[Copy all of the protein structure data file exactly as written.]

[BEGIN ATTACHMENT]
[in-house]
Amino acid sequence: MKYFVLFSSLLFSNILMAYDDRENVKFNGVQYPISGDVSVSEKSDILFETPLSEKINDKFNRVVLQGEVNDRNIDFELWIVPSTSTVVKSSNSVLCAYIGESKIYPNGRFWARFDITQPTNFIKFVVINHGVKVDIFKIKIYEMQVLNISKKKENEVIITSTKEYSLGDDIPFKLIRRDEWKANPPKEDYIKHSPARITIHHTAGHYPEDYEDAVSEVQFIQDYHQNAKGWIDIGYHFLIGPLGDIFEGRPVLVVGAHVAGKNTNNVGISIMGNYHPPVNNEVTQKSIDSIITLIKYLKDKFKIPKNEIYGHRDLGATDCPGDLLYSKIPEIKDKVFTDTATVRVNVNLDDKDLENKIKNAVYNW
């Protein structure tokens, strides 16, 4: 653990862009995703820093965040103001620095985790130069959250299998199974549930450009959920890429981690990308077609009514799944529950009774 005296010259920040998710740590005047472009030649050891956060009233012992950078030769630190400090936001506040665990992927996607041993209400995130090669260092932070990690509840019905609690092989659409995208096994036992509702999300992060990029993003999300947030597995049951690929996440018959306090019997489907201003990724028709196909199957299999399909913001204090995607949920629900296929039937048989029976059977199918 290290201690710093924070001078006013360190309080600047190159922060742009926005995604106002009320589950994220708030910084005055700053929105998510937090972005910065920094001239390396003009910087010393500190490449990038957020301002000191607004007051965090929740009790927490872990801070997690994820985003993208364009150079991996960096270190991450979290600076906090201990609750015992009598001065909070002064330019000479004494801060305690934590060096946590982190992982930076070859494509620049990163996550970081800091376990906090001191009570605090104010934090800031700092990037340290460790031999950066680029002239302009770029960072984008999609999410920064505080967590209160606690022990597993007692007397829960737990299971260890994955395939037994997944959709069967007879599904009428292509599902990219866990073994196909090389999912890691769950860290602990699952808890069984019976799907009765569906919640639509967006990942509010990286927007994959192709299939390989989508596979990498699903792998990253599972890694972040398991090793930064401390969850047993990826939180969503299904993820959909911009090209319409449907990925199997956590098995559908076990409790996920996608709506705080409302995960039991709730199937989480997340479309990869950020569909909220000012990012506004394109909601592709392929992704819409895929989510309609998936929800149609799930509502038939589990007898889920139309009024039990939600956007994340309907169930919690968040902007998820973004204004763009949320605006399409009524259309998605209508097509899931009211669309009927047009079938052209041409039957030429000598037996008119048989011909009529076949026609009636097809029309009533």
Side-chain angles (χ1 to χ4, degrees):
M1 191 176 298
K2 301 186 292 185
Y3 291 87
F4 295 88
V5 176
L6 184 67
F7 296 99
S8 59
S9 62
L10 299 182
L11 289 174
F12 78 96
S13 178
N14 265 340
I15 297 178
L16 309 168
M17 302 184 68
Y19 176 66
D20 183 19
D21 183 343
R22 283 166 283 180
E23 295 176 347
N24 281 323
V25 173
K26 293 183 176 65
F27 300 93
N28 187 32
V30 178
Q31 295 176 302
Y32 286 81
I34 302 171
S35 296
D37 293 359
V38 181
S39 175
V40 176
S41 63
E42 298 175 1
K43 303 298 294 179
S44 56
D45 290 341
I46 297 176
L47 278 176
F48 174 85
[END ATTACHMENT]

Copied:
[in-house]
Amino acid sequence: MKYFVLFSSLLFSNILMAYDDRENVKFNGVQYPISGDVSVSEKSDILFETPLSEKINDKFNRVVLQGEVNDRNIDFELWIVPSTSTVVKSSNSVLCAYIGESKIYPNGRFWARFDITQPTNFIKFVVINHGVKVDIFKIKIYEMQVLNISKKKENEVIITSTKEYSLGDDIPFKLIRRDEWKANPPKEDYIKHSPARITIHHTAGHYPEDYEDAVSEVQFIQDYHQNAKGWIDIGYHFLIGPLGDIFEGRPVLVVGAHVAGKNTNNVGISIMGNYHPPVNNEVTQKSIDSIITLIKYLKDKFKIPKNEIYGHRDLGATDCPGDLLYSKIPEIKDKVFTDTATVRVNVNLDDKDLENKIKNAVYNW
């Protein structure tokens, strides 16, 4: 653990862009995703820093965040103001620095985790130069959250299998199974549930450009959920890429981690990308077609009514799944529950009774 005296010259920040998710740590005047472009030649050891956060009233012992950078030769630190400090936001506040665990992927996607041993209400995130090669260092932070990690509840019905609690092989659409995208096994036992509702999300992060990029993003999300947030597995049951690929996440018959306090019997489907201003990724028709196909199957299999399909913001204090995607949920629900296929039937048989029976059977199918 290290201690710093924070001078006013360190309080600047190159922060742009926005995604106002009320589950994220708030910084005055700053929105998510937090972005910065920094001239390396003009910087010393500190490449990038957020301002000191607004007051965090929740009790927490872990801070997690994820985003993208364009150079991996960096270190991450979290600076906090201990609750015992009598001065909070002064330019000479004494801060305690934590060096946590982190992982930076070859494509620049990163996550970081800091376990906090001191009570605090104010934090800031700092990037340290460790031999950066680029002239302009770029960072984008999609999410920064505080967590209160606690022990597993007692007397829960737990299971260890994955395939037994997944959709069967007879599904009428292509599902990219866990073994196909090389999912890691769950860290602990699952808890069984019976799907009765569906919640639509967006990942509010990286927007994959192709299939390989989508596979990498699903792998990253599972890694972040398991090793930064401390969850047993990826939180969503299904993820959909911009090209319409449907990925199997956590098995559908076990409790996920996608709506705080409302995960039991709730199937989480997340479309990869950020569909909220000012990012506004394109909601592709392929992704819409895929989510309609998936929800149609799930509502038939589990007898889920139309009024039990939600956007994340309907169930919690968040902007998820973004204004763009949320605006399409009524259309998605209508097509899931009211669309009927047009079938052209041409039957030429000598037996008119048989011909009529076949026609009636097809029309009533």
Side-chain angles (χ1 to χ4, degrees):
M1 191 176 298
K2 301 186 292 185
Y3 291 87
F4 295 88
V5 176
L6 184 67
F7 296 99
S8 59
S9 62
L10 299 182
L11 289 174
F12 78 96
S13 178
N14 265 340
I15 297 178
L16 309 168
M17 302 184 68
Y19 176 66
D20 183 19
D21 183 343
R22 283 166 283 180
E23 295 176 347
N24 281 323
V25 173
K26 293 183 176 65
F27 300 93
N28 187 32
V30 178
Q31 295 176 302
Y32 286 81
I34 302 171
S35 296
D37 293 359
V38 181
S39 175
V40 176
S41 63
E42 298 175 1
K43 303 298 294 179
S44 56
D45 290 341
I46 297 176
L47 278 176
F48 174 85